House prices for luxury properties in London have slipped 2.9 per cent in the last year due to Brexit uncertainty and landlord tax changes, according to a new report.
The capital was placed 38th in a list of 43 cities across the globe, as prime property prices fell into negative territory, according to the index from estate agents Knight Frank.
It says concerns over Britain leaving the EU and a tax hit from the rise in stamp duty for landlords and second home buyers, have led to a fall in prices in the top five per cent of homes by value.
Knight Frank’s experts said that property prices in prime central London are trading 10 to 20 per cent below their peak in 2014.
Prime London: The Knight Frank index looked at high-end property prices from 43 cities around the world, including the capital
The decline appears to be accelerating, as London property prices dropped by 2.3 per cent in just six months between March and September – after years of growth on the index – indicating that they could fall further next time round.
The drop in prices has been exacerbated by more landlords attempting to sell their properties following tax changes, leading to extra supply at the same time as people are reluctant to spend millions of pounds on London property.
The 2016 changes to stamp duty added a three per cent surcharge on all rates for buy-to-let properties.
This affects anyone buying a property that is not their main residence and on the average property in Kensington & Chelsea, which costs £1.4million according to the ONS, the stamp duty tax bill would be £125,750.
Singapore is the city that has seen the most growth in the housing market with a rise of a whopping 13.1 per cent over the last 12 months.
However, this slowed to 1.7 per cent in the last three months, indicating a slight cooling.
The city was closely followed by Scotland’s capital, Edinburgh, which had risen by 10.6 per cent in the last 12 months – a stark contrast to London.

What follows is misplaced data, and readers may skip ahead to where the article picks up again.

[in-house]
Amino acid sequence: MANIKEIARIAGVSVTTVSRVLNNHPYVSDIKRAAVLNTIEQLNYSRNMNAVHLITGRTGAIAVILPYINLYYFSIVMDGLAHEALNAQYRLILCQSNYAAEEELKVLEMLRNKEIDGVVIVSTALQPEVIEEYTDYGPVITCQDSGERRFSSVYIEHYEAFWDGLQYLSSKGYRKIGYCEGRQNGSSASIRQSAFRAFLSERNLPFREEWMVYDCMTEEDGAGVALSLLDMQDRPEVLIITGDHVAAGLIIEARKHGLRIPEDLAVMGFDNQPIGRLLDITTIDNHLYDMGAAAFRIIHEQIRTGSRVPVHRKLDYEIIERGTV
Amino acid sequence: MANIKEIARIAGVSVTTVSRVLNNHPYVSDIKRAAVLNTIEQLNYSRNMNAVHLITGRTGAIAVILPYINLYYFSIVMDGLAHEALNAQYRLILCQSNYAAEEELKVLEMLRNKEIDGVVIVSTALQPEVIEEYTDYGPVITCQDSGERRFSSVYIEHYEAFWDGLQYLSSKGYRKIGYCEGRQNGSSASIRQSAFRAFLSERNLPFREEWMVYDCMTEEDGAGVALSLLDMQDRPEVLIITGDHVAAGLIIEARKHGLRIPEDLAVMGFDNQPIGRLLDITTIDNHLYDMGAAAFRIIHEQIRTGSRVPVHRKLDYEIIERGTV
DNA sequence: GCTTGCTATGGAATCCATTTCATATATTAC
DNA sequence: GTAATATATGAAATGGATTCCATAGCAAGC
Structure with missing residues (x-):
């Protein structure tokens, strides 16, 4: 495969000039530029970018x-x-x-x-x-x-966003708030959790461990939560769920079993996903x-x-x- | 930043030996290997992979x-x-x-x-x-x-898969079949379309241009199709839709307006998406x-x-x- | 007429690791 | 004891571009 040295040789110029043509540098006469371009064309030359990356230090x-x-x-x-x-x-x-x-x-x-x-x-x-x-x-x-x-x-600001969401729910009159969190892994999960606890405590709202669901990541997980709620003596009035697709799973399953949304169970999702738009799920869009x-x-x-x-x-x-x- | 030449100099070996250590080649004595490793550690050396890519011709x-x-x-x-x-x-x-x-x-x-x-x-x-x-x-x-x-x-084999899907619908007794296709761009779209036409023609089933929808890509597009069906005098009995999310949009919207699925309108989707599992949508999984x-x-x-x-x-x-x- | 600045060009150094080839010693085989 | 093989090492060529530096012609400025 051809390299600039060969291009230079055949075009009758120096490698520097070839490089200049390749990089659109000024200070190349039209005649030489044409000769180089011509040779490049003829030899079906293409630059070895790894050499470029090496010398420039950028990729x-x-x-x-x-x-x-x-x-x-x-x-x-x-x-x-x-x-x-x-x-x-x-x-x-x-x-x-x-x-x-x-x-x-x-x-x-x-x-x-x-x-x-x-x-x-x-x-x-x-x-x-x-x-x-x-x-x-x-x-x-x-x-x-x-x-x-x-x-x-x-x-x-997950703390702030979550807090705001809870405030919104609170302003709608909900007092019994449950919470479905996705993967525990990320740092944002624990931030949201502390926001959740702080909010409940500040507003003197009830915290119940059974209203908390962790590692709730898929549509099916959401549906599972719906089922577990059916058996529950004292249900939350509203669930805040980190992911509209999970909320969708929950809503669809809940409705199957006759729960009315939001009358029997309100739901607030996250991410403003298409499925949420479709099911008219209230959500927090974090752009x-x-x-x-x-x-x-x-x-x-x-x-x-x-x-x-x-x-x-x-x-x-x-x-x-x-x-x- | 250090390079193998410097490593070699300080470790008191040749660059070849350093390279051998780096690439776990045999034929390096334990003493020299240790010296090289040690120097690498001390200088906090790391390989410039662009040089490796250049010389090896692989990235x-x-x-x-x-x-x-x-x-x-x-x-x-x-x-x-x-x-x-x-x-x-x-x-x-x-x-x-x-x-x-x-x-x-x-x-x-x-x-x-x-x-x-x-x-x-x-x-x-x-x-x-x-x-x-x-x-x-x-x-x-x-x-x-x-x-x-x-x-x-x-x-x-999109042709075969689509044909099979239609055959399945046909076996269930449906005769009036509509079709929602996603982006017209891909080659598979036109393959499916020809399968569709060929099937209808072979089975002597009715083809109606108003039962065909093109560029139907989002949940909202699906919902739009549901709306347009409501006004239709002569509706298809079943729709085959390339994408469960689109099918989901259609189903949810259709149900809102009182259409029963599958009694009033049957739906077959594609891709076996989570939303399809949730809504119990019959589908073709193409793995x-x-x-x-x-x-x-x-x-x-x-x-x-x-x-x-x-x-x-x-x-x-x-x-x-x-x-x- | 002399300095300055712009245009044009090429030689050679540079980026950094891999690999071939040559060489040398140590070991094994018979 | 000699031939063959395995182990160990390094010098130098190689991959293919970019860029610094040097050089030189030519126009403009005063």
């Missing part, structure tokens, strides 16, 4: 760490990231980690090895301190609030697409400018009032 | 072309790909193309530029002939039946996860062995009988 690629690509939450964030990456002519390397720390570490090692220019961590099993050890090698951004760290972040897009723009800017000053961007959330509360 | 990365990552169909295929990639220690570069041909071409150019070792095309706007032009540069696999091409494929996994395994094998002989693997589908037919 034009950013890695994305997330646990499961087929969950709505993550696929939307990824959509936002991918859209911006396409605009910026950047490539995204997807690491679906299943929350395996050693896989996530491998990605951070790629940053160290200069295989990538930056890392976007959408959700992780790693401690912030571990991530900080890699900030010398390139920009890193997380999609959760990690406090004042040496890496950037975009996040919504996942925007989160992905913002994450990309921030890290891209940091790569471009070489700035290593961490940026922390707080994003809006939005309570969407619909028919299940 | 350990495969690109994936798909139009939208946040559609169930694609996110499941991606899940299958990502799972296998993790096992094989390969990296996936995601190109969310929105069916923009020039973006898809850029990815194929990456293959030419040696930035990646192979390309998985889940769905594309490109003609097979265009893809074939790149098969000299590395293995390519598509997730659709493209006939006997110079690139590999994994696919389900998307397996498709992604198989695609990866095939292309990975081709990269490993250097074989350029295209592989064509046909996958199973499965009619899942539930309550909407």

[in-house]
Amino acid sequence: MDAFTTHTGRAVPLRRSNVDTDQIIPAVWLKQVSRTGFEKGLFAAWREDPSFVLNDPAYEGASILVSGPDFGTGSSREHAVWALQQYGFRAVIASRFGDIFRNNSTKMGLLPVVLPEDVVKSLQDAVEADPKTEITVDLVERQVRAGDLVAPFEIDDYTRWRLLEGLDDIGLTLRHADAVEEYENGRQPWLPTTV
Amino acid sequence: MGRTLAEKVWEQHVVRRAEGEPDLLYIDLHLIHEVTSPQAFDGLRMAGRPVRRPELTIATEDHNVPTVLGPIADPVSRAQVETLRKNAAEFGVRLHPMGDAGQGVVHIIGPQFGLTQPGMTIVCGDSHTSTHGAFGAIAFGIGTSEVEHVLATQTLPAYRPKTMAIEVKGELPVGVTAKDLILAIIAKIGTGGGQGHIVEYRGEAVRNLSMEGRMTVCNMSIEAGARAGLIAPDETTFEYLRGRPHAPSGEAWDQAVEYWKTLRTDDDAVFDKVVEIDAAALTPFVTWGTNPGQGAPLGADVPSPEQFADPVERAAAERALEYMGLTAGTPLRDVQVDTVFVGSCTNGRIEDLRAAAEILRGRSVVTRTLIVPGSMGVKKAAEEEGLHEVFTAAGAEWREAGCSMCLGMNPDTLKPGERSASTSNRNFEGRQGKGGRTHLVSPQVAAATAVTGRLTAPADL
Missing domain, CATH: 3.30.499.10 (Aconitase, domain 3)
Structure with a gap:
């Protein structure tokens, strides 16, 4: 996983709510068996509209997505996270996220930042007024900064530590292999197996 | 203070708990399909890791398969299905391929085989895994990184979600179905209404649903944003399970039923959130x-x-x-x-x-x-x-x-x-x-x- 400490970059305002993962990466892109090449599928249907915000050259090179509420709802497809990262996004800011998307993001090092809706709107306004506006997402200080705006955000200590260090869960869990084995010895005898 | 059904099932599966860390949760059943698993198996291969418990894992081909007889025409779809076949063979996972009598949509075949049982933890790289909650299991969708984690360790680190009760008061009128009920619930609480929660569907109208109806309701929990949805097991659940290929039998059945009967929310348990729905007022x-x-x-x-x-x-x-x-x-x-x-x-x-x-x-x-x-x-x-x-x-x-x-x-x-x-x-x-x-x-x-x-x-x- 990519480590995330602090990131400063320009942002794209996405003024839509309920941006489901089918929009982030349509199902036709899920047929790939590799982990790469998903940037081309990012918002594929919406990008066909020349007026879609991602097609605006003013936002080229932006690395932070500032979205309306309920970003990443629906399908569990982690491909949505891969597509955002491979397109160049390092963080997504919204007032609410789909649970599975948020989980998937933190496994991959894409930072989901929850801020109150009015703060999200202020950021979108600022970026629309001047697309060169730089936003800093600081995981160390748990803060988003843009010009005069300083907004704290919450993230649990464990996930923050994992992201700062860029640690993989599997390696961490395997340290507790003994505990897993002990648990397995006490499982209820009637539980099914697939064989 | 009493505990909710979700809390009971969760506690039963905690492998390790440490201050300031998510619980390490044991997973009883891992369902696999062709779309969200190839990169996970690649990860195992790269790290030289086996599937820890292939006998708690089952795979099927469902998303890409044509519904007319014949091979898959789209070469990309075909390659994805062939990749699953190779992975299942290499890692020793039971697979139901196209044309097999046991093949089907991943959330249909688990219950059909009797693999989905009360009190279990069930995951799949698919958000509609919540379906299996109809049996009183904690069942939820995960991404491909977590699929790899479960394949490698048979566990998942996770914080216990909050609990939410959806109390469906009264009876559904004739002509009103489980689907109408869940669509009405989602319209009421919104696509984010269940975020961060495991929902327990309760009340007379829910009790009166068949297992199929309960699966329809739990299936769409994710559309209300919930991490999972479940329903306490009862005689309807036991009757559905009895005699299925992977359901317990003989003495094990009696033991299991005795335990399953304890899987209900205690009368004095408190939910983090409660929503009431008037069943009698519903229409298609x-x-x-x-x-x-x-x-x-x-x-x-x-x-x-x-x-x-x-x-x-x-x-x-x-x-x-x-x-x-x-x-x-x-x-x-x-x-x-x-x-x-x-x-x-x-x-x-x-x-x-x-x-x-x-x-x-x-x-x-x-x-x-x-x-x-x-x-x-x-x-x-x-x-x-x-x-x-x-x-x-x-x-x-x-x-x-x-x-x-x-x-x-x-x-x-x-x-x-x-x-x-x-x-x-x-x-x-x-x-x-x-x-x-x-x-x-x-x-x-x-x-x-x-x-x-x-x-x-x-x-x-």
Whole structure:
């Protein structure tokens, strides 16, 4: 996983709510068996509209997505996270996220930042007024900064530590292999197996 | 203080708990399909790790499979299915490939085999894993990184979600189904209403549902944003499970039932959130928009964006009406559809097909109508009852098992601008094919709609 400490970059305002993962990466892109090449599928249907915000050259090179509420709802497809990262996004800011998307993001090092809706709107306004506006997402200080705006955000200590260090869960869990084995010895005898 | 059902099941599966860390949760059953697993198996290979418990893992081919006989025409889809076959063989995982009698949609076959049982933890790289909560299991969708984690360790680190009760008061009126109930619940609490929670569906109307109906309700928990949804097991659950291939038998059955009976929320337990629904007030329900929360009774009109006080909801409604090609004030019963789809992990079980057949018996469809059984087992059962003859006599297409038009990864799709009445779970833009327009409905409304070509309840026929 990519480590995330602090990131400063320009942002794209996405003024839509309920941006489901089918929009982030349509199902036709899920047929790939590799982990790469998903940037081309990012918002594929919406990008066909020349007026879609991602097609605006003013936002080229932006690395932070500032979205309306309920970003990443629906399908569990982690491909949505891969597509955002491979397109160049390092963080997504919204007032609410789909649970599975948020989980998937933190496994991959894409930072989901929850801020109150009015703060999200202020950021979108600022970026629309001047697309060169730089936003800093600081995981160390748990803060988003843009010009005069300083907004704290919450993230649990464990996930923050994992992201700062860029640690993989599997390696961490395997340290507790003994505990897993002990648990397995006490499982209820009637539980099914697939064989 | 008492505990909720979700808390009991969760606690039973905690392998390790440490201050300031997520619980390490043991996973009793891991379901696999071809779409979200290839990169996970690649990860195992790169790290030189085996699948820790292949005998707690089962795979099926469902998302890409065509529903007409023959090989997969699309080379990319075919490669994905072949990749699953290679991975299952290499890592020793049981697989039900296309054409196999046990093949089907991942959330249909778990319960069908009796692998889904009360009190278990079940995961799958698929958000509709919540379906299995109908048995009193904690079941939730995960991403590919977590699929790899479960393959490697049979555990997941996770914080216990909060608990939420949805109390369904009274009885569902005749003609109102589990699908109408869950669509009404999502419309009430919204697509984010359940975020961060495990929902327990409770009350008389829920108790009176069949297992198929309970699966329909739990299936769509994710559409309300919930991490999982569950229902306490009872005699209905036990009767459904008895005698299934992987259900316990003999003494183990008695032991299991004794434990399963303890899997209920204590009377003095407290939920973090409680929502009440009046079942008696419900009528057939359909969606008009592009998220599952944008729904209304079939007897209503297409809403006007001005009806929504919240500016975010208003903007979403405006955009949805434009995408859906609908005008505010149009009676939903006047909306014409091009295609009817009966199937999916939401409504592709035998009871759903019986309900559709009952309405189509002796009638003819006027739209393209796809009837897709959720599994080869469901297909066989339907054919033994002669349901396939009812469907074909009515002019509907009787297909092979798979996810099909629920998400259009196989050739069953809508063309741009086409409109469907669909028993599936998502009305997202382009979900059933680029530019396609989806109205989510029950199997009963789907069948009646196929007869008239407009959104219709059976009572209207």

Madrid rounded off the top three with a hefty rise of 10.1 per cent in the last 12 months.
Table showing the change in housing prices over the last 12 months, 6 months and 3 months
Tax changes on mortgage interest tax relief, that were made in 2017, have also led to property investors fleeing the UK market.
Landlords can no longer claim all of their mortgage interest against income tax on rent, under new rules that are to be phased in over the next couple of years.
This will be removed altogether by 2020 and replaced with a 20 per cent tax credit on mortgage interest paid.
The average home in London’s Kensington & Chelsea costs £1,400,000 today, according to the ONS, whereas in 1998 it would have cost £230,000
Last week we revealed that the number of available rental properties is down in London by around a fifth annually, with agents finding tenants four days quicker for landlords’ properties than a year ago.
Drop in prices: Graph highlighting the change in annual performance over the last 12 months
Liam Bailey, global head of research at Knight Frank said: ‘Uncertainty around Brexit has certainly caused some prospective buyers in London to delay their plans.
‘However, it is higher stamp duty rates, which have led to a slowdown in sales volumes and also falling prices in the UK capital.
‘Price falls in central London mean housing is trading at 10 per cent to 20 per cent lower than in 2014.
‘That said the volume of prospective purchasers registering to buy is very high currently, suggesting that when clarity on the Brexit deal is provided activity should rise relatively quickly.’
Prices of luxury properties have increased by an average of 2.7 per cent across the 43 cities that the estate agents looked at.
Price falls in central London mean housing is trading at 10 per cent to 20 per cent lower than in 2014
Liam Bailey, Knight Frank
This represents the index’s weakest performance in annual terms for almost six years.
Only Vancouver, Istanbul, Stockholm, Taipei and Dubai have seen bigger high-end property price falls than London.
Earlier in the month, latest Office for National Statistics figures showed that property prices in the capital had fallen in the past year, citing Brexit, heavier taxes and stretched affordability.
Across the UK, the cost of the average home grew by 3.4 per cent, but in the capital they fell by 0.2 per cent in the year ending in August.
The areas of London to have seen the biggest price falls are some of the most expensive in the capital, such as the central borough of Westminster, where the average price has fallen by 7.6 per cent in August to £957,062, from more than £1million in August last year.
Hammersmith & Fulham, in the West of the capital, has seen prices fall by six per cent from £781,175 to £734,254 in the year, according to the ONS.
In Southwark, prices dropped by 4.2 per cent to an average of £512,874, followed by Wandsworth, where prices fell by 3.8 per cent to £610,048 and Camden, where prices fell by two per cent to £846,662.
In some cases, we found instances of expensive London homes having reductions of more than 45 per cent in order to sell.